I've always had a bit of a soft spot for Liriano as a player. His stuff is amazing, and he's kind of a headcase. I don't even dislike the length of this contract. But to give a 29-year-old lefty who walks five guys a game $14 million strikes me as weirdly desperate, especially with guys like Chris Leroux, Kyle McPherson and Jeff Locke -- all younger, all cost-controlled and all with substantially lower walk rates -- at the ready, this seems strange. Ostensibly, Liriano is a shorter, crazier Oliver Perez. I don't hate the signing, but I don't think it makes any particular sense. This guy can be fun to watch and he has a reputation for being kind of a hothead, but he's not very reliable, and he walks a ton of hitters.

Whatever. I'm sure the Pirates and their mental conditioning can whip Franky into shape.

Too Much Homework Makes Me Sick

Sunday, December 16, 2012

Lies and more lies

In attempting to answer my question about Kyle Stark and Larry Broadway's lack of qualifications and experience, Neal Huntington said that Mitch Lukevics, Tampa Bay's director of player development, had little or no prior experience before taking that job.

Here's the account of it on the Pirates' official site:

For instance, one gentleman cited the apparent contradiction of stressing player-development yet having it run by two men -- assistant GM Kyle Stark and Larry Broadway, director of Minor League operations -- "with no experience in player development."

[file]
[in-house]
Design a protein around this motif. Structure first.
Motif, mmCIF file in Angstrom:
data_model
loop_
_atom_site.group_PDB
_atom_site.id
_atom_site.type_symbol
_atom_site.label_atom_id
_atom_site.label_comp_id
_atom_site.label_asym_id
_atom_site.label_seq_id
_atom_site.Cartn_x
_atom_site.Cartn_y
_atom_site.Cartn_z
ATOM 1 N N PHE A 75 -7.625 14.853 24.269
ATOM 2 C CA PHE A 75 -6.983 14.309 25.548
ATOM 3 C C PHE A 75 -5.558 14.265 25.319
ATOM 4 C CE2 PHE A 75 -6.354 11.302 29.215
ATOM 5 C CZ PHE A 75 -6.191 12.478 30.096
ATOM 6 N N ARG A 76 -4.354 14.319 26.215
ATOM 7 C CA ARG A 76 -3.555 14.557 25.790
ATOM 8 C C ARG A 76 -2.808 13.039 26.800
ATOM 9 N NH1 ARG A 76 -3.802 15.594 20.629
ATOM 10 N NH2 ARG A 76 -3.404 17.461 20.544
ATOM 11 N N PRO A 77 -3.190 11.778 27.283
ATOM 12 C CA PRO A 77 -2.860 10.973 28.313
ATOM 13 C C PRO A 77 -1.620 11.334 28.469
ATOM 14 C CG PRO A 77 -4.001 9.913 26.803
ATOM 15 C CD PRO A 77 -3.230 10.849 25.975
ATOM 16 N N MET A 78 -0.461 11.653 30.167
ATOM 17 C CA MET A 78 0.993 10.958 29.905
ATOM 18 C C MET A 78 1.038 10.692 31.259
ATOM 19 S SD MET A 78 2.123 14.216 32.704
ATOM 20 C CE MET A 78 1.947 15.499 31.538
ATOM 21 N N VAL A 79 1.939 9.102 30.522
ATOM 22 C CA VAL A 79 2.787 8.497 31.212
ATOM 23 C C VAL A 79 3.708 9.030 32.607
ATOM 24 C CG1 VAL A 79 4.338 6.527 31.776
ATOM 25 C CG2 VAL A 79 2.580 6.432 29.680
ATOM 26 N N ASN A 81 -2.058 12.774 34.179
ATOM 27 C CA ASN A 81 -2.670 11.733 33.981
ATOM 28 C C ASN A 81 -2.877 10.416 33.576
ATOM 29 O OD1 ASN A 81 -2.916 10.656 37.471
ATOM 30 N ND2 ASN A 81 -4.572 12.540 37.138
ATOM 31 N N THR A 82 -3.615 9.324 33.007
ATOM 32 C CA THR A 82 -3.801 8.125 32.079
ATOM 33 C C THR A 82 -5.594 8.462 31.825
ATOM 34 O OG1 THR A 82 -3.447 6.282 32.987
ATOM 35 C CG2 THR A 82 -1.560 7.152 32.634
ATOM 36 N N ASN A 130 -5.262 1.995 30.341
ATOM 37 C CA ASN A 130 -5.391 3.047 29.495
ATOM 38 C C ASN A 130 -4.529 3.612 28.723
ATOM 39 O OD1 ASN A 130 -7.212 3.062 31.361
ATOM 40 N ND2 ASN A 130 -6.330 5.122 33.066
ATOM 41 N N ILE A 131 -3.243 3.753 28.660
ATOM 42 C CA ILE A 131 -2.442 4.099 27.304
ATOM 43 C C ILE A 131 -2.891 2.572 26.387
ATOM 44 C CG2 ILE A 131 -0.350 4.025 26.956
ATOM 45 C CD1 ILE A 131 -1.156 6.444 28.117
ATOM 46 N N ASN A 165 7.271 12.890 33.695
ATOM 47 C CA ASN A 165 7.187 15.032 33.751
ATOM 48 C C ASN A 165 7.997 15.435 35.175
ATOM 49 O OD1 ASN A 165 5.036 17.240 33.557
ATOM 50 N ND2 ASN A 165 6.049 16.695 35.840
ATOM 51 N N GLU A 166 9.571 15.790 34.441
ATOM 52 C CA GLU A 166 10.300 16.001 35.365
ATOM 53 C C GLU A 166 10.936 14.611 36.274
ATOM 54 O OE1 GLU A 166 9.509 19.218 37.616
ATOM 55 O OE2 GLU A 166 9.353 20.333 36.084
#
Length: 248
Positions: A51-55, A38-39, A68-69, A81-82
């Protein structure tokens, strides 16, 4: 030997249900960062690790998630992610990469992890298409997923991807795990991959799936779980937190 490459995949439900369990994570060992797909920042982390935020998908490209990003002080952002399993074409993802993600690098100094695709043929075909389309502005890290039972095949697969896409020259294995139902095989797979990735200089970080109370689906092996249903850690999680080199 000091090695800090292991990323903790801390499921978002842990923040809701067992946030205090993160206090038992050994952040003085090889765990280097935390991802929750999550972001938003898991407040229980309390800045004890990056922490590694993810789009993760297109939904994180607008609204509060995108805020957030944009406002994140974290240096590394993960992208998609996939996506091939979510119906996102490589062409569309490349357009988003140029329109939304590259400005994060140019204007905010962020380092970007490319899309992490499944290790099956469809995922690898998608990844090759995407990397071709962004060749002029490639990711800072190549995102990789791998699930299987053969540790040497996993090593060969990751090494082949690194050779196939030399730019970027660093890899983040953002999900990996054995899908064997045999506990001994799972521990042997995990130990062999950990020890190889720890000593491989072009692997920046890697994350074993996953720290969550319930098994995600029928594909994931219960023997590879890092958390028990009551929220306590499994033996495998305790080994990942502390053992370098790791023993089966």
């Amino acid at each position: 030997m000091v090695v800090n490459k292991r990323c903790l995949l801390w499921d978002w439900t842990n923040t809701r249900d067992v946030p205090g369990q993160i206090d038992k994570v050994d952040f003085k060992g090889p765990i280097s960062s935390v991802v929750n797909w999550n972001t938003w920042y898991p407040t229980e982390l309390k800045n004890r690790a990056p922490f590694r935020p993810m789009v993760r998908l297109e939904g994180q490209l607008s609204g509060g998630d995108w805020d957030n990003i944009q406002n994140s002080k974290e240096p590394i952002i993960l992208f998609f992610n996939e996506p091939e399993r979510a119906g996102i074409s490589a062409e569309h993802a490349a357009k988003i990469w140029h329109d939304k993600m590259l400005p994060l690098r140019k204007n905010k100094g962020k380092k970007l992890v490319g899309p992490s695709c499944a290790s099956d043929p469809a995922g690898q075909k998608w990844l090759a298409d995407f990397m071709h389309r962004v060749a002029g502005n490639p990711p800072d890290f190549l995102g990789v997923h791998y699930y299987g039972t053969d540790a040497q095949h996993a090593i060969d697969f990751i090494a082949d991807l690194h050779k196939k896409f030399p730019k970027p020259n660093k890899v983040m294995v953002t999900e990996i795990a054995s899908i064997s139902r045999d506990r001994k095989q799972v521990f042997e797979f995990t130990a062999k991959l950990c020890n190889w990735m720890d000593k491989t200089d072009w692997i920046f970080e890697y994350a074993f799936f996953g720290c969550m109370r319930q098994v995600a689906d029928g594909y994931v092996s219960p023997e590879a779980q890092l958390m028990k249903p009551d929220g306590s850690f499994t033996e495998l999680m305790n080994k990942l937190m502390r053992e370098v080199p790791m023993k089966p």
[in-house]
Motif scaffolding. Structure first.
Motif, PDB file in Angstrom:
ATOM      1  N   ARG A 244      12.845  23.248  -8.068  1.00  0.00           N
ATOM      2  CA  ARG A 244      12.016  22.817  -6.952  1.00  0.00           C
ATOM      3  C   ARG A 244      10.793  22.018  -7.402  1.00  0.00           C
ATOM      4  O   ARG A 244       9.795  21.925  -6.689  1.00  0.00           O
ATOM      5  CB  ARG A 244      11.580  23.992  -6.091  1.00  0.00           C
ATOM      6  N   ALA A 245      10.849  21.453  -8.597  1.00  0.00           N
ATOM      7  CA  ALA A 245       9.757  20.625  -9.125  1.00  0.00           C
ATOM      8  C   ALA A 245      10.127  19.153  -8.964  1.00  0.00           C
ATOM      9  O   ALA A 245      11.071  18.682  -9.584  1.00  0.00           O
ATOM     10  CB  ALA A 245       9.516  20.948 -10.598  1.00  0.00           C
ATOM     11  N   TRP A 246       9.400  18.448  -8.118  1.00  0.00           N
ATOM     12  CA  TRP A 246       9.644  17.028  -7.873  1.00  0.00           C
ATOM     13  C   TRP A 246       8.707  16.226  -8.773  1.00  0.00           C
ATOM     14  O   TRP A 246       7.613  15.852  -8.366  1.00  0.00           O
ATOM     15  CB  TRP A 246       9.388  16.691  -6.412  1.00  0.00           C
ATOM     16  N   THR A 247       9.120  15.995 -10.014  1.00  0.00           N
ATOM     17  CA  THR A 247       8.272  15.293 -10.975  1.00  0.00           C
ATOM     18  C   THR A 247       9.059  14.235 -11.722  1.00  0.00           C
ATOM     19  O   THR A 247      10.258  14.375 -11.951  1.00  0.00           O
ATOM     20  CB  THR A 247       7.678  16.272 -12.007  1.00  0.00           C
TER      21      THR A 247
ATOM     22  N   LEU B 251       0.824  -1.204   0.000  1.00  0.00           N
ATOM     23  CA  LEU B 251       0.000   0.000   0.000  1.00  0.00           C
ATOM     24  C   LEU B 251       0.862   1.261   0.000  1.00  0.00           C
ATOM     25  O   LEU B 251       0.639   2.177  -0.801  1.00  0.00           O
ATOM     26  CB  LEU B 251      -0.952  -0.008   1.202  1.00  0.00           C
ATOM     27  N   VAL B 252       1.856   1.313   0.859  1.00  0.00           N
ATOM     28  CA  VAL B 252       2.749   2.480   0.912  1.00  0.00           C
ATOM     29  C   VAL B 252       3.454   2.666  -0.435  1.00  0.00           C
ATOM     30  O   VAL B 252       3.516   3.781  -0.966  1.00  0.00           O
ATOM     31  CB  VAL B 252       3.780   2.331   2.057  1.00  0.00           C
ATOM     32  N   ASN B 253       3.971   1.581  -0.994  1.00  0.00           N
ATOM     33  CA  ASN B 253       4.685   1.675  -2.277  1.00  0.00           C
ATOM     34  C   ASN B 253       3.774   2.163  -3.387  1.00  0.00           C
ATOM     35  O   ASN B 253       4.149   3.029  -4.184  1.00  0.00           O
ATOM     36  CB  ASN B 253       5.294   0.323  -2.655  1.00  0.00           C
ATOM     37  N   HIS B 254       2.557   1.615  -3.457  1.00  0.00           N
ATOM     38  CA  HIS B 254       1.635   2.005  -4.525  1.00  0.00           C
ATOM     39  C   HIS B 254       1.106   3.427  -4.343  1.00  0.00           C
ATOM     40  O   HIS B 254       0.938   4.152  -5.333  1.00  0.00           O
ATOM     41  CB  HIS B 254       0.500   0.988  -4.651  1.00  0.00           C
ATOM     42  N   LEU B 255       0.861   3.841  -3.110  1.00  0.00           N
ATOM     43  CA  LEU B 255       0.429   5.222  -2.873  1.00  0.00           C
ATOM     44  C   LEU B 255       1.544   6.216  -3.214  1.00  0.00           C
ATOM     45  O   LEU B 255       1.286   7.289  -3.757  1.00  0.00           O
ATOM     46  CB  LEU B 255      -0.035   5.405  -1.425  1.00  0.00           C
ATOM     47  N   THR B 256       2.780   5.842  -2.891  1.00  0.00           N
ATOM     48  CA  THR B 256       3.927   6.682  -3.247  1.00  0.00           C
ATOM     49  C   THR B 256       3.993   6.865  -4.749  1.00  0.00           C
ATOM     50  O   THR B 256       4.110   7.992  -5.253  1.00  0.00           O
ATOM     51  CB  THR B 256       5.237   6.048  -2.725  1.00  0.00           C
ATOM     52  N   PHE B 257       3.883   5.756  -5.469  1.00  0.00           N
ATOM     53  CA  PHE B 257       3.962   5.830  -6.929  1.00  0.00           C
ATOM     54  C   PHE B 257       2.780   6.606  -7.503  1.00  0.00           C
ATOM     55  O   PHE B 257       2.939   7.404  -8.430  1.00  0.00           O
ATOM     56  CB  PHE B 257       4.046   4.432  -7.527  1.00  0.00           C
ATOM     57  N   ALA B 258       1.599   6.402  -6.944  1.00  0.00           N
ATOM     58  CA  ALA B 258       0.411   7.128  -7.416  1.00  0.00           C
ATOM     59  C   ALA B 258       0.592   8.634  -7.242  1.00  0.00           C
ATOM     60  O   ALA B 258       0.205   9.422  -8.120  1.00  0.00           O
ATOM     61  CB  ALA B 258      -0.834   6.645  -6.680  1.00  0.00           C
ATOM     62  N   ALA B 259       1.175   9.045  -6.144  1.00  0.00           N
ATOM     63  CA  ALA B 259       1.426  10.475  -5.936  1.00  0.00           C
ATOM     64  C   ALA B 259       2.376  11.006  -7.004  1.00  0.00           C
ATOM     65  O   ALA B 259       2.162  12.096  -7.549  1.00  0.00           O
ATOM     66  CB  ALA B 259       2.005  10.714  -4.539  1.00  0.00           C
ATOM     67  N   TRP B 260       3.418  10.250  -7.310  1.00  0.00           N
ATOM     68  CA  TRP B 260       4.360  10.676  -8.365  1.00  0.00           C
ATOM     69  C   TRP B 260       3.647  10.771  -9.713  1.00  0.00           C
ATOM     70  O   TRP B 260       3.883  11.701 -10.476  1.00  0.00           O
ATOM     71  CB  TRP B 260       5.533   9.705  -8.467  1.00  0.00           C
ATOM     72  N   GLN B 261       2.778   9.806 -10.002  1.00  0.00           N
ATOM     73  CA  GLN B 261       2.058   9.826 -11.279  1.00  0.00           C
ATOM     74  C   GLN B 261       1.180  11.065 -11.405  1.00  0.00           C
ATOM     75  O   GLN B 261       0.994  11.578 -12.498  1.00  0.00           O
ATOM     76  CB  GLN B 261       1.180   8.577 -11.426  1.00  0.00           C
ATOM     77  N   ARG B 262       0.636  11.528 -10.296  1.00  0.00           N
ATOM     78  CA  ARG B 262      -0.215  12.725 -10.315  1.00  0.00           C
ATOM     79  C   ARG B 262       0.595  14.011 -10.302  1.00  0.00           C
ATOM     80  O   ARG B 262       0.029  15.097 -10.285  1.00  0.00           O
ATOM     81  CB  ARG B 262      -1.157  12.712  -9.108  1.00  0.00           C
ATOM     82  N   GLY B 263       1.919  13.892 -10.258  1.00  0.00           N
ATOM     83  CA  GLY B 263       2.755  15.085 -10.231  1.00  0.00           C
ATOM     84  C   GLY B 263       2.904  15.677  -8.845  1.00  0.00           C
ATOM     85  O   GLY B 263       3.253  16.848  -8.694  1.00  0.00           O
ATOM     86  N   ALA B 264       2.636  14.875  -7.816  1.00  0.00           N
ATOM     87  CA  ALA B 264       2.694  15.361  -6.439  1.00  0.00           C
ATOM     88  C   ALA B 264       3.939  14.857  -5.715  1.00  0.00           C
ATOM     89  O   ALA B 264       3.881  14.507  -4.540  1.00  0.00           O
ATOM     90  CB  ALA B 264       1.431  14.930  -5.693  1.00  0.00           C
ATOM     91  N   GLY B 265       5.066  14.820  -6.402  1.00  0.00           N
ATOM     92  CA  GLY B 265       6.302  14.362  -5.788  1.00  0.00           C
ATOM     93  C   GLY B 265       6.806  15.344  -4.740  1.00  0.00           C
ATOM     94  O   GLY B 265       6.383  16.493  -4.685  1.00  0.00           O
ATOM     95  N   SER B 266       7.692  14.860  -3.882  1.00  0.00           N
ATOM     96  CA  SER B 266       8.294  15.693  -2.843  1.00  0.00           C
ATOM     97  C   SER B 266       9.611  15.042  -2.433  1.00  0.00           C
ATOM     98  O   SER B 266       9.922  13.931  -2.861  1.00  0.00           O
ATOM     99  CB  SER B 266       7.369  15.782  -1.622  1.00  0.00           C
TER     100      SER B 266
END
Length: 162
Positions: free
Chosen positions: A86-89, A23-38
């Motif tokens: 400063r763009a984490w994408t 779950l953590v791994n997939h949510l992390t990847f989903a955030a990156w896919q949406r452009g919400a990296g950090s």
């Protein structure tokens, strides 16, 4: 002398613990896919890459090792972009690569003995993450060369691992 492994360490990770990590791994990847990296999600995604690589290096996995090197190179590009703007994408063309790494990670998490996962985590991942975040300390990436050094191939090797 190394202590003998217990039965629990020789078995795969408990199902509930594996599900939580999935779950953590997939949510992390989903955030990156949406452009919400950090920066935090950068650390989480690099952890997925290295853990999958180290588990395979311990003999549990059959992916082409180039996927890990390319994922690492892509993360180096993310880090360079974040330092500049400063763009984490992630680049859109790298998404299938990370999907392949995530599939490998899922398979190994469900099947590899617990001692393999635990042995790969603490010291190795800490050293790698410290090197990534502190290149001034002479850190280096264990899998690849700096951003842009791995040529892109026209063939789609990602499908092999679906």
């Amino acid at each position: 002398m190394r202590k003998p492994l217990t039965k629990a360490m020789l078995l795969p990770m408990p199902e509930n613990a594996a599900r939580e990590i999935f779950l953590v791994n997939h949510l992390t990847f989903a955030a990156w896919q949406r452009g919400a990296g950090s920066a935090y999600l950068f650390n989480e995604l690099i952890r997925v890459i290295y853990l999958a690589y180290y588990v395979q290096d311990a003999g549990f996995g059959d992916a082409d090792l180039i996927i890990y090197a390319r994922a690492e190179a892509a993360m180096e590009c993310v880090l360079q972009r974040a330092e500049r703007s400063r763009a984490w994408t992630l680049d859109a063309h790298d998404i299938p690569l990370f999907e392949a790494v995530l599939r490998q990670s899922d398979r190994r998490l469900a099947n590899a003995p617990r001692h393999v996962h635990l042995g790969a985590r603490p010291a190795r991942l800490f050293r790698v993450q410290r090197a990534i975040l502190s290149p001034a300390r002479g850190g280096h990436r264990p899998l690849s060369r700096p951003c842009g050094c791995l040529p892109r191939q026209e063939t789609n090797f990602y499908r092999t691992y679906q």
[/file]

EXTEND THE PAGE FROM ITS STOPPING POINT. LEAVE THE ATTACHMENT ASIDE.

After defending the qualifications of Stark and Broadway, Huntington asked the fan for his choice of MLB's best player-development program. When he quickly picked Tampa Bay, Huntington said, without skipping a beat, "Mitch Lukevics, who runs their system, had no prior experience with that. Some people have training in their background, others get very good at it on the job."
Here's a quick look at Mitch Lukevics's professional history:
Mitch has spent 38 years in professional baseball as a pitcher, coach and Minor League administrator.  He has been Tampa Bay’s Director of Minor League Operations for the past seven seasons, overseeing one of the most productive Minor League systems in baseball. 
Lukevics joined the then expansion Tampa Bay Devil Rays in November 1995.  During his 17 years with the club, he has also been a pitching coach (1996) and the Assistant to Player Development and Scouting (1997-2005).
Mitch was a second round draft pick of the Chicago White Sox in 1975 and pitched six seasons in their Minor League system.  He was released as a player and hired as a coach by the White Sox on the same day in Spring Training 1981.  Lukevics spent the next four seasons as a pitching coach in their system. Following the 1985 season, Mitch moved into Chicago’s front office as the Minor League Administrator. 
After 14 years with the White Sox, Lukevics then worked from 1989 through 1995 as the Director of Minor League Operations for the New York Yankees. 
So, yeah. He had basically no experience when he joined the Rays in 1997, except for his first 22 years -- six as a player, four as a coach, and then another 12 years in various front offices.  No real experience.

Agitate, agitate, agitate

Bob Cohn of the Trib wrote it up straight, which is kind of a shame, because I've always wanted to claim my quotes were "taken out of context" so that I could apologize "if I offended anyone."

The Pirates‘ controversial Navy SEALS training program for its minor-league players escaped mention during season-ticket holders‘ questions to team management Friday at PirateFest. But then there was Saturday‘s Q&A at the David L. Lawrence Convention Center open to the so-called “general fans.”